“We want to solve the data problem to provide a view of the renewables in chocolate-box packaging. What’s its recyclability? How compostable is it? What’s the thickness? What’s the weight? Once we understand such things, we can then start to aggregate analytics at a global level and help sustainability managers understand how they’re performing against commitments.”

Circularity isn’t just a problem for big, international businesses; small to medium-sized businesses also have a part to play. While they might not have access to the same funding or technology as their larger rivals, Jamieson says it’s important that SMEs focus on scalable principles first: “It’s all about embedding sustainable practices that can be scaled as you grow.”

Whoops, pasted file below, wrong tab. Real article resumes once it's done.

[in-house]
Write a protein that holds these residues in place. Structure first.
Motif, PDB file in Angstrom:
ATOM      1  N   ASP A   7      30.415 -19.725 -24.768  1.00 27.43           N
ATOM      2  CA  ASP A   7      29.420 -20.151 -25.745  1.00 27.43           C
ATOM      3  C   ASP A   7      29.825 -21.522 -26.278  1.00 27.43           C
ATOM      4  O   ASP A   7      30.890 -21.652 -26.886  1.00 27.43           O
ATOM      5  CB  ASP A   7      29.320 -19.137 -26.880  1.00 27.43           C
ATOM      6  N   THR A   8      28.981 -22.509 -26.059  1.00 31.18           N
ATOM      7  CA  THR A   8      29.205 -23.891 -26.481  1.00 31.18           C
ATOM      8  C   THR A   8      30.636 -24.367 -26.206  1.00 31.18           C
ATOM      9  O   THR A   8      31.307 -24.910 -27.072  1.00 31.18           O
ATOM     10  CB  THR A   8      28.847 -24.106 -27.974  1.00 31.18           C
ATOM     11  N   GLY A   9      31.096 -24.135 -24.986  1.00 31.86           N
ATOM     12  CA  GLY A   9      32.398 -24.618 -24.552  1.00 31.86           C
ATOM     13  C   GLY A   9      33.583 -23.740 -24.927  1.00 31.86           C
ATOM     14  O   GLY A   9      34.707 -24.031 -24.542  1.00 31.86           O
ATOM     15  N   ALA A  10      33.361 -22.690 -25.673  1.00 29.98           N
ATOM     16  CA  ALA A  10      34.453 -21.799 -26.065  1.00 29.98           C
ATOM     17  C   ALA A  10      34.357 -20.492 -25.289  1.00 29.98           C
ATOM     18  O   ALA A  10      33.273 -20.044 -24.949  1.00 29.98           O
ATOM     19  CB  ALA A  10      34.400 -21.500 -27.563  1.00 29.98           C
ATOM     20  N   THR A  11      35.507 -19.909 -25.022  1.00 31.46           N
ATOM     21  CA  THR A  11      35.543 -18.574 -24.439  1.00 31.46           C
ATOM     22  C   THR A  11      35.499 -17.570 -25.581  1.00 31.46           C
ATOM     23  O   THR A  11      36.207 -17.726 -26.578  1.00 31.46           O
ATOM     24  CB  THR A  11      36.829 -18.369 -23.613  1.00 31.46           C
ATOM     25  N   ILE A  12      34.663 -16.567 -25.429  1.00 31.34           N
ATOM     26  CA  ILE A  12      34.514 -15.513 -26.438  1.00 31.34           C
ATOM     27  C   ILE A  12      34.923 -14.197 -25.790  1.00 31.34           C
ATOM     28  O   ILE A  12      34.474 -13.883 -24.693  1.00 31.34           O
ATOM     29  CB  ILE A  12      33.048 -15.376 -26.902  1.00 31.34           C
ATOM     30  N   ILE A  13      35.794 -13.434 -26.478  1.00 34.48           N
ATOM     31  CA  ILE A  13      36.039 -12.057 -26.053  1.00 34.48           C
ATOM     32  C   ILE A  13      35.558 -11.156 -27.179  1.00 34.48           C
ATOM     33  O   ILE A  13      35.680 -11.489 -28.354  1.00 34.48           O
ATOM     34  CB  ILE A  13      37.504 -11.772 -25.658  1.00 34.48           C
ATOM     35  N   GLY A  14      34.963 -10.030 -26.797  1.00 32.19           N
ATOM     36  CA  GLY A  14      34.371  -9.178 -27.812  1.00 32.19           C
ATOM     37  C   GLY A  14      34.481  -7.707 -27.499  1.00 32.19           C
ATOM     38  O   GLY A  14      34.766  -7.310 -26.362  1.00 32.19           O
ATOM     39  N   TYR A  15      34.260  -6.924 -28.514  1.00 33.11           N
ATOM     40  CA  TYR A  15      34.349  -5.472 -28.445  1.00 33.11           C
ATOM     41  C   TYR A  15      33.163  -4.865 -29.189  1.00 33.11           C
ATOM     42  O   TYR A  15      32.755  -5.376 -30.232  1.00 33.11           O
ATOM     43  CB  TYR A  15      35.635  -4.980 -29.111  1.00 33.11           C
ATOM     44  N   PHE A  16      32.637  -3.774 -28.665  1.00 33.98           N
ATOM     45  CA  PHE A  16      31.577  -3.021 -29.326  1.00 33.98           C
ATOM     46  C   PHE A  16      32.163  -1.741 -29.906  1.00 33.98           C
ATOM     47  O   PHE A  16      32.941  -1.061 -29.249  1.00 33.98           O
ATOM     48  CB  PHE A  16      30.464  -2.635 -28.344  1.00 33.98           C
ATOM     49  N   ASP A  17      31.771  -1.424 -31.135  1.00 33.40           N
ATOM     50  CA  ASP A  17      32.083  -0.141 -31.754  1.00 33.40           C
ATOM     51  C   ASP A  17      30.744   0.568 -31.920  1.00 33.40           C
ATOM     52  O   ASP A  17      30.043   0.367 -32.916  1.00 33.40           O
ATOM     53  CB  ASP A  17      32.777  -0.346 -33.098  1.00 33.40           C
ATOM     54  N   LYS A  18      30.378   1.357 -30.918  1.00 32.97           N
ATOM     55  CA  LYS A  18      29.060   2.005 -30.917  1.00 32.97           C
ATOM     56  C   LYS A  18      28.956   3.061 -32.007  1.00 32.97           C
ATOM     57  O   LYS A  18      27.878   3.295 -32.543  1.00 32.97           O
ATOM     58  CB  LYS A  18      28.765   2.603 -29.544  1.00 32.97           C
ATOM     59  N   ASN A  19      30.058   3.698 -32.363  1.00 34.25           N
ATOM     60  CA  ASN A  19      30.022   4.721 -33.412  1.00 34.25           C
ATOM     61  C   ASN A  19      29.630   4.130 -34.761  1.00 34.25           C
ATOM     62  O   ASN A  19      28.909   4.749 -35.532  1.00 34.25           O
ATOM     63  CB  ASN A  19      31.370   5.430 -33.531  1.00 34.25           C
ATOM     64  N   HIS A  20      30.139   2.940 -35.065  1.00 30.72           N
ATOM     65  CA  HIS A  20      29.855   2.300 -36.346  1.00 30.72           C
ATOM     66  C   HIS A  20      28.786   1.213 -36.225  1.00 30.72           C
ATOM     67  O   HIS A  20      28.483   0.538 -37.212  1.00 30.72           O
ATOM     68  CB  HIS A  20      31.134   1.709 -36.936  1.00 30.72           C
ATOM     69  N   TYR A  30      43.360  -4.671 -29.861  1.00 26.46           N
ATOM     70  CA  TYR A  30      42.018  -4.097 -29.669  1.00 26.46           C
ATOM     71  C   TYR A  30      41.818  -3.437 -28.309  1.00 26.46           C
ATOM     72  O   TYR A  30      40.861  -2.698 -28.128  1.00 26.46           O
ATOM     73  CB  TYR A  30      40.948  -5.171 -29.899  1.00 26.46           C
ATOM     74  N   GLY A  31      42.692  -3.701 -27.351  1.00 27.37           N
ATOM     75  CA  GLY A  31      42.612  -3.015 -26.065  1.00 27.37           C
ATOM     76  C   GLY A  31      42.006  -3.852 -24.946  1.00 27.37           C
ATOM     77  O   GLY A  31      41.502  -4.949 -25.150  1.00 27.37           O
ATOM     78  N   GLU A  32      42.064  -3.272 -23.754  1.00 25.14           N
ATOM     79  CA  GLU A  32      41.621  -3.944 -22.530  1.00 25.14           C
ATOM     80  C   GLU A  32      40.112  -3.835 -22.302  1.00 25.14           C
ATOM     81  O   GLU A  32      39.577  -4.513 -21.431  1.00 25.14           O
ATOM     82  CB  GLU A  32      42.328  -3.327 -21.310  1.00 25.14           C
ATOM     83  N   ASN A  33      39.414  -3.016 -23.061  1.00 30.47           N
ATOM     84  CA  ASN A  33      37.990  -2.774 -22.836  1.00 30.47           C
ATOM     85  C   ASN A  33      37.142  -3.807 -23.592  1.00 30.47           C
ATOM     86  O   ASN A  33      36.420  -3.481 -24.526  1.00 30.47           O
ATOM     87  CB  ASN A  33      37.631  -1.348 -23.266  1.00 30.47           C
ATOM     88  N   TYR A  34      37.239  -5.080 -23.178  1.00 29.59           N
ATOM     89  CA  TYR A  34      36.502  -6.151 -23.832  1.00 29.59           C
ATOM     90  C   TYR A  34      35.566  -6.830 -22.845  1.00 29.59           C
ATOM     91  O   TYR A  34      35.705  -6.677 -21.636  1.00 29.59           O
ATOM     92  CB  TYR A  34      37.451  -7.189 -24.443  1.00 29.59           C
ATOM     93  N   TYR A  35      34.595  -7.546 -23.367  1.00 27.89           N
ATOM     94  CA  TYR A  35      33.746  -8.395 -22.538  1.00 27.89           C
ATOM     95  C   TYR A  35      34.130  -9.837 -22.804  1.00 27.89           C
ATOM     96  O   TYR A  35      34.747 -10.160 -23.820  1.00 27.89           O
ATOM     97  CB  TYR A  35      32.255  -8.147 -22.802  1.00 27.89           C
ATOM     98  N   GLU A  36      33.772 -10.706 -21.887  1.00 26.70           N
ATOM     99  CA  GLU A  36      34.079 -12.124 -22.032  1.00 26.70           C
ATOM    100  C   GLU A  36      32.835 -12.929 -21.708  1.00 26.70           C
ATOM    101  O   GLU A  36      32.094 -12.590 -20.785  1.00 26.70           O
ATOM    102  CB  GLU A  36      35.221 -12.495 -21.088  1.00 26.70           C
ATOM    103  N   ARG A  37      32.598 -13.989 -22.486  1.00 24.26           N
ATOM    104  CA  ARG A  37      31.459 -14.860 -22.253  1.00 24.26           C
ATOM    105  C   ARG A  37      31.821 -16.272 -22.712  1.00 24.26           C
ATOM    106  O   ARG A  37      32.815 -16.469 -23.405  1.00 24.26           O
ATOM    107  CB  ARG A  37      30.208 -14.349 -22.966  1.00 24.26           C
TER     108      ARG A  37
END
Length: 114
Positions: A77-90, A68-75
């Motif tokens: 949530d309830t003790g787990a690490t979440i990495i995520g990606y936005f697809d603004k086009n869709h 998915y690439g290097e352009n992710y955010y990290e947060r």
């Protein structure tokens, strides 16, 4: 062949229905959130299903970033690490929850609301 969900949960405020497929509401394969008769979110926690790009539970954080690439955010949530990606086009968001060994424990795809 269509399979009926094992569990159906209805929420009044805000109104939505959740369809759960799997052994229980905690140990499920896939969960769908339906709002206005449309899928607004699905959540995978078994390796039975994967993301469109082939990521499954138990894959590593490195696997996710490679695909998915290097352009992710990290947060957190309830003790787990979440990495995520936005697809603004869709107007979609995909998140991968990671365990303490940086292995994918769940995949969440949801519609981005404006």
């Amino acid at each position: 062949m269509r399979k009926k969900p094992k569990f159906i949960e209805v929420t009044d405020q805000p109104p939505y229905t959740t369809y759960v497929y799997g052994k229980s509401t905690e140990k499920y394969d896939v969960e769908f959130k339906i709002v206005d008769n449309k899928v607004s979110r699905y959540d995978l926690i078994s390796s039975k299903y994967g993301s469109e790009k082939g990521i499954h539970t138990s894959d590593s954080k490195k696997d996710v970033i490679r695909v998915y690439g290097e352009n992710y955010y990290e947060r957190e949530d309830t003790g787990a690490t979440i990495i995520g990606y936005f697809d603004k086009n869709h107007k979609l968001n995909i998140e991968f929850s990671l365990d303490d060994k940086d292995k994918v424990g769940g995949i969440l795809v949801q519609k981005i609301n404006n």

Facing the challenge of complex sustainability regulations

As regulations around sustainability continue to evolve, SAP is helping companies make the most of its network-based solutions, like SAP Ariba and SAP Business Network for Logistics. These technology-led strategies aim to help businesses address the key sustainability challenges – including the collection of data – and transition to sustainable design and packaging.

“As we move forward in 2023, it’s about innovating business-specific and industry-specific solutions that address the final mile, so we can help consumers play their role in delivering a waste-free future,” says Jamieson. 

“We’re also being very selective in terms of the materials we are focusing on. At the moment, we have a real focus on plastics and packaging, but this will rapidly expand into textiles, batteries, food, building materials, and electronic components, as further regulations come online and existing regulations change.”